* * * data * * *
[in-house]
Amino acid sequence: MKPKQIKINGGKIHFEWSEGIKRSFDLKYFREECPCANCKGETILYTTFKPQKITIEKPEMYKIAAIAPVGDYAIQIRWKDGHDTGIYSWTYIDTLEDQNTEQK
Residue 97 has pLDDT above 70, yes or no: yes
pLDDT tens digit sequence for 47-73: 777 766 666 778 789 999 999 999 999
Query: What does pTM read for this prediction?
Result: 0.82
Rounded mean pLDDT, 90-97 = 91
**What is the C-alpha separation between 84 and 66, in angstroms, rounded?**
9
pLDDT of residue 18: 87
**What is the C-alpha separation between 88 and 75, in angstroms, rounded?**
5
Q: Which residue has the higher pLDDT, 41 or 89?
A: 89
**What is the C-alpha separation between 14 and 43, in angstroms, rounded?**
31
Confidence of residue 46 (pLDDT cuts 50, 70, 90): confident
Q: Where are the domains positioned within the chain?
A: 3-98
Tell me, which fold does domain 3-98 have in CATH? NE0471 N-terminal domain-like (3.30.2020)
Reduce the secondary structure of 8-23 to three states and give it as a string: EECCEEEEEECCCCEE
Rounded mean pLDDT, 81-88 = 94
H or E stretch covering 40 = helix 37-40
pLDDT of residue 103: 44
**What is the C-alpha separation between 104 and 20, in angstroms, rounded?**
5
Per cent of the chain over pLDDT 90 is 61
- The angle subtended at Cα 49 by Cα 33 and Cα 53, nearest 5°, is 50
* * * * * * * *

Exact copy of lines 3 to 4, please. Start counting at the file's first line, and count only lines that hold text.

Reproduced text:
Residue 97 has pLDDT above 70, yes or no: yes
pLDDT tens digit sequence for 47-73: 777 766 666 778 789 999 999 999 999